County Epidemiologist Plays Medical Detective With Infectious Diseases
In the confines of his Santa Ana office, Orange County epidemiologist Thomas J. Prendergast pulled off his sweater, loosened his tie and unbuttoned his shirt to reveal a white T-shirt emblazoned with the words “Safe Sex.”
“It’s because of my job,” said Prendergast, explaining the reason his children gave him the shirt. The 48-year-old doctor monitors infectious diseases for the county, including AIDS, which is thought to be transmitted primarily through sexual contact.
“You should see the condom lei we gave him,” said his assistant, Rosann Lowery, referring to a gift in the shape of a Hawaiian floral wreath that he received from co-workers.
Prendergast can use a few moments of levity in an otherwise serious job that many would consider rather grim.
Prendergast said his job basically involves “looking for what makes people sick in large numbers.” So after spending more than 11 years tracking diseases and talking to people about them, one might think that Prendergast would be, well, a little sick of the job.
Not a chance. “It’s still an incredible thrill,” he said, tucking his dress shirt back into his slacks.
“It’s fascinating. It allows you to be inquisitive and insightful. And you get paid for it,” he said.
Since he became the county epidemiologist in 1977, he has seen the number of measles cases diminish to just a handful and the number of AIDS cases grow.
As of November, 861 cases of AIDS had been diagnosed in Orange County since 1980, according to county health officials. Of those, 505 people have died of the disease. An additional 441 people were found to have AIDS-related conditions, and of those, 23 have died.
“AIDS is certainly the largest, most severe epidemic we’ve faced in a long time,” he said.
Prendergast considers AIDS to be the most urgent public health problem and said he believes that his office has a major responsibility to deal with it. So, he spends much of his time fighting what he said may be the biggest challenge aside from treating AIDS patients or seeking a cure--correcting public misconceptions about the disease.
“Most of the fears people have about catching the disease are not necessary,” Prendergast said. “We can never treat the disease openly if we deal with it inappropriately.”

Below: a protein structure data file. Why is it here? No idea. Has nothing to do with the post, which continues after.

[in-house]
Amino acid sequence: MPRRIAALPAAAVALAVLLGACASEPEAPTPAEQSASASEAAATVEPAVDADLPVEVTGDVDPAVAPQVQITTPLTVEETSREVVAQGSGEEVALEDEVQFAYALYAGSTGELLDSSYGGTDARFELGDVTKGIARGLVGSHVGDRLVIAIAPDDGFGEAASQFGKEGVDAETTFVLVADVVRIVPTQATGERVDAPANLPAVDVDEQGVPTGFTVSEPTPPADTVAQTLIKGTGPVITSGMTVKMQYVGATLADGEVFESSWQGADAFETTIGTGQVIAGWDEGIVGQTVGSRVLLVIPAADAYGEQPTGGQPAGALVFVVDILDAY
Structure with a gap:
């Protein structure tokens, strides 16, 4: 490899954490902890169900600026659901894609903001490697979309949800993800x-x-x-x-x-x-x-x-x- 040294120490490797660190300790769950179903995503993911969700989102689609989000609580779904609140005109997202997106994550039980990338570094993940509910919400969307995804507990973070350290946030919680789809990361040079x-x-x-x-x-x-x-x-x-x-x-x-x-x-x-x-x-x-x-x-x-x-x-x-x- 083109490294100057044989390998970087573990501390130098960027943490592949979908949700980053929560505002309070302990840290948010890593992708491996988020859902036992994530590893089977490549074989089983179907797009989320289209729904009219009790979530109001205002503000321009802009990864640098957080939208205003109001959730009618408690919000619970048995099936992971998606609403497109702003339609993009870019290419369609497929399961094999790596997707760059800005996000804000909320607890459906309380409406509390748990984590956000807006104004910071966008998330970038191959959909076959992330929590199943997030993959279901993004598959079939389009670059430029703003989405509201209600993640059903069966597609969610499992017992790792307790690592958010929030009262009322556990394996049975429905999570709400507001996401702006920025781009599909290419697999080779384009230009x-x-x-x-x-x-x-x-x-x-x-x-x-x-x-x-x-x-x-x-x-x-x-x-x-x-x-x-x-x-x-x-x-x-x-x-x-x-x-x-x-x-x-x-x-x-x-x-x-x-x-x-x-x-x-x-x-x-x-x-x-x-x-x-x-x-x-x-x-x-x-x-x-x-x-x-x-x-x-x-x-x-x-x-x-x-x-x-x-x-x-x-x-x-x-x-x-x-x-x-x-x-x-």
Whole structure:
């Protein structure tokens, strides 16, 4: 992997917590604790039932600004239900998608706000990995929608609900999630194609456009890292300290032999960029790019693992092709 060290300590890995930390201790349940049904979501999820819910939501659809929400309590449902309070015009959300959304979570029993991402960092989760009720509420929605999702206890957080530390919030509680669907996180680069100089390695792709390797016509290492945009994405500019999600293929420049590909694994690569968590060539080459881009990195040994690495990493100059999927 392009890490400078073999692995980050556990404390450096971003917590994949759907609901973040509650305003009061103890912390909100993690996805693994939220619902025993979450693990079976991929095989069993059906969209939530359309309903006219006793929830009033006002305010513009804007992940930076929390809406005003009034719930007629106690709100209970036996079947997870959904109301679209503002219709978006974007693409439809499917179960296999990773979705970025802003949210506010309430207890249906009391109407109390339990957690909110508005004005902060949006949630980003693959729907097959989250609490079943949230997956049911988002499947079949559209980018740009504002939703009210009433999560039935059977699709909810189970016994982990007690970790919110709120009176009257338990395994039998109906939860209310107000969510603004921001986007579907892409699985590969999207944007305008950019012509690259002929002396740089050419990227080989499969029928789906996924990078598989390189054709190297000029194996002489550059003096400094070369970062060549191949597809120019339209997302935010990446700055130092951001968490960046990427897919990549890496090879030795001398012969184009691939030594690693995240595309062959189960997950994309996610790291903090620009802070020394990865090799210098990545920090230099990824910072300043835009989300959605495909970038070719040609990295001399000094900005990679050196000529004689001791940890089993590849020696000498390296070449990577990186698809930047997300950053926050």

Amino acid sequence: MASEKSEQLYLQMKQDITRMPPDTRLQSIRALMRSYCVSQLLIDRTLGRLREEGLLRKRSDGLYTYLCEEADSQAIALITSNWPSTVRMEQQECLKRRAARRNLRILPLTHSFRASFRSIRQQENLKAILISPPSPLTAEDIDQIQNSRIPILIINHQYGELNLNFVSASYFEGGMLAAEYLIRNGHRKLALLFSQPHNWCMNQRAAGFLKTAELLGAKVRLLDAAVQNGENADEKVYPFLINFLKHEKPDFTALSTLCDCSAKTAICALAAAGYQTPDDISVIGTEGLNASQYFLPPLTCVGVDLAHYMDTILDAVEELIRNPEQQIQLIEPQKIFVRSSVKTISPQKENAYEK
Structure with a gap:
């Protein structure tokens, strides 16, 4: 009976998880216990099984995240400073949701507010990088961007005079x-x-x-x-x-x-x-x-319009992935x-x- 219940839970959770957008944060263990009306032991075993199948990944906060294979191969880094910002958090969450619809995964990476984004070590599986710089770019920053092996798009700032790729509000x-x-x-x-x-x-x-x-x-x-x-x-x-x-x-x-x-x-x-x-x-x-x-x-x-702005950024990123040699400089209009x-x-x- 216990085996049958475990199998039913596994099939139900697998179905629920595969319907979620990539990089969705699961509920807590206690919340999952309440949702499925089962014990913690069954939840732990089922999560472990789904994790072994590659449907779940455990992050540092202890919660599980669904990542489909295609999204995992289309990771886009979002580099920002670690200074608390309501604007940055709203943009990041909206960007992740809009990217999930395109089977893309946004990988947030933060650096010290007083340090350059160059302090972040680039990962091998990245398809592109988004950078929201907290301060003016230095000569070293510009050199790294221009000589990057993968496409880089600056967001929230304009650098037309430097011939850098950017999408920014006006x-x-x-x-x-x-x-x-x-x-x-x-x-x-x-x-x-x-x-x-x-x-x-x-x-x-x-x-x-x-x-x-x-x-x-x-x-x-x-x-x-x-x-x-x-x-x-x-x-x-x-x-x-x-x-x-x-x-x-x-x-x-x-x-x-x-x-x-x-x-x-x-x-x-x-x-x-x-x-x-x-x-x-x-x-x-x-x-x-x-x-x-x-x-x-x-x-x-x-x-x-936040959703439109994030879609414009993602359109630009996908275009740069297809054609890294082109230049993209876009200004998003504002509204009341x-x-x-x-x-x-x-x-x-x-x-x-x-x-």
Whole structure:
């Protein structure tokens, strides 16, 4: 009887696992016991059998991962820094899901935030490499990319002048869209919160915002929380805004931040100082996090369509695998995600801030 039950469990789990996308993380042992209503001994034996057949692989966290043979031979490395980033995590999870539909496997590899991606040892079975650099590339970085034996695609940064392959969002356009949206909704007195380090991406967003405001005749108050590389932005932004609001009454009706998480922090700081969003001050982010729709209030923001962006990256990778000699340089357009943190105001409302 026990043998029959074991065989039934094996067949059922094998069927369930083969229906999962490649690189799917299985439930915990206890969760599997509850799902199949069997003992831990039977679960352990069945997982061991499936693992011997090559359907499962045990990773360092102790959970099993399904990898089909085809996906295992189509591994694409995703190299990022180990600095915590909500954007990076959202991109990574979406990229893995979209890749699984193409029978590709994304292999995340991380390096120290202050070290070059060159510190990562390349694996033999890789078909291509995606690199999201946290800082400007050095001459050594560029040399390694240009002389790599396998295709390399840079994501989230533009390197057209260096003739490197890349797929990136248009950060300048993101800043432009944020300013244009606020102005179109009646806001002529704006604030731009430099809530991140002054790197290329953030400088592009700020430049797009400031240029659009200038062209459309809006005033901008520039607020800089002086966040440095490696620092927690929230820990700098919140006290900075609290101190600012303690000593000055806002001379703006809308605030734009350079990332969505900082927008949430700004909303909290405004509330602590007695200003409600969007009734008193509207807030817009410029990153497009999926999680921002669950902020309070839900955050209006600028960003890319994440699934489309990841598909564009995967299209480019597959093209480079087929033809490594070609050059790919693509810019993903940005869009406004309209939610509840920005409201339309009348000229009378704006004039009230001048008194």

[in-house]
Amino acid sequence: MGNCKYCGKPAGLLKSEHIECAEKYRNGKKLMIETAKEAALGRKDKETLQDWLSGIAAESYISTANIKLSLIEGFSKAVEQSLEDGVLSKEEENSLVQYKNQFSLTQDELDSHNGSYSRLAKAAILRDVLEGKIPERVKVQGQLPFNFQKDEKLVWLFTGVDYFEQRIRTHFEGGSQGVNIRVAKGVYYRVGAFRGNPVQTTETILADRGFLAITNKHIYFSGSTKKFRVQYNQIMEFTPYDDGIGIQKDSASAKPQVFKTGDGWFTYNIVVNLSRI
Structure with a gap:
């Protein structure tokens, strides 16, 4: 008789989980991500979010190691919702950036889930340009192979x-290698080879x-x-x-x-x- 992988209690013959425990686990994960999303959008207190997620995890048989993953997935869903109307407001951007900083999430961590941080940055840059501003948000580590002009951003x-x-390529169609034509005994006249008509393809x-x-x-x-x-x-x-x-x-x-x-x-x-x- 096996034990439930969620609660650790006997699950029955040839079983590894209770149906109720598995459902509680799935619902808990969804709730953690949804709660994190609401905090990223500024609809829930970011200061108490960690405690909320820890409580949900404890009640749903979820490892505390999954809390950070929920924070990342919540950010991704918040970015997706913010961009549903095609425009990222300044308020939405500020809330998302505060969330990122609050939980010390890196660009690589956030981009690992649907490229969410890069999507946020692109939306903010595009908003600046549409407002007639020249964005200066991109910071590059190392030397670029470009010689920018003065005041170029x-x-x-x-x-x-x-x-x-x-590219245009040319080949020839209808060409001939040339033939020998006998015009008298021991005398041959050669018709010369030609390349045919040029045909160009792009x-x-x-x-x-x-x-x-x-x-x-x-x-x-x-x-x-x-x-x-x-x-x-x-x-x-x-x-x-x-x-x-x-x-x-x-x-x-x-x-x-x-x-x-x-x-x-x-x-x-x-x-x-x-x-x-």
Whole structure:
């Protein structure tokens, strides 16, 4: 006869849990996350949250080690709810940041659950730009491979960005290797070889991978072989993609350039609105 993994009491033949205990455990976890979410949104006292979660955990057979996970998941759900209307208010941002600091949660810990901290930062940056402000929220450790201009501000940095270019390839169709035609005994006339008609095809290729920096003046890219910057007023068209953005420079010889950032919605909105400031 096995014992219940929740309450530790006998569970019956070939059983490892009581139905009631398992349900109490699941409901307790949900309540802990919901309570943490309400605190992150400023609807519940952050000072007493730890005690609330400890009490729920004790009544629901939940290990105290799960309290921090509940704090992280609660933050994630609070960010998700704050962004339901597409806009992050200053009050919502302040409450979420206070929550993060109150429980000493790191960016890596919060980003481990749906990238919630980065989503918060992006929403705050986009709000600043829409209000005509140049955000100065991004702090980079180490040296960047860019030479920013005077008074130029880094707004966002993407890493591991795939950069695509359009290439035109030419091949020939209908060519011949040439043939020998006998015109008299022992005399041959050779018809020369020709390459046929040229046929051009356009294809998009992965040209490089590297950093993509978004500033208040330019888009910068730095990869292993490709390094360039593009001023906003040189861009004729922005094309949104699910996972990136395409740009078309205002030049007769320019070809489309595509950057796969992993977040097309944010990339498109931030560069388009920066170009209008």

Earlier this year, Prendergast met with school officials, students and parents to ease their fears when 11-year-old Channon Phipps of El Toro, a hemophiliac who has tested positive for exposure to the AIDS virus, returned to school.
“There was no medical or public health reason why he should not be in school. I think it’s important that the anti-discrimination message not just come from the gay community,” said Prendergast, who regularly visits AIDS patients in hospitals.
Aside from dealing with the AIDS epidemic, Prendergast also spends time monitoring the transmission of other communicable diseases, which can include everything from the latest influenza attack to cases of food poisoning and infectious hepatitis.
“On good days, something comes together that makes sense,” he said. “The other days, there are mostly meetings all the time.”
One of the major trends Prendergast has tracked is the transmission of diseases such as hepatitis A and those associated with diarrhea and respiratory ailments among children in day-care centers. The problem has led to better testing of children and their families.
“This type of medicine (epidemiology) is so interesting because things always change,” Prendergast said. “I enjoy working on problems even though they are sometimes devastating.”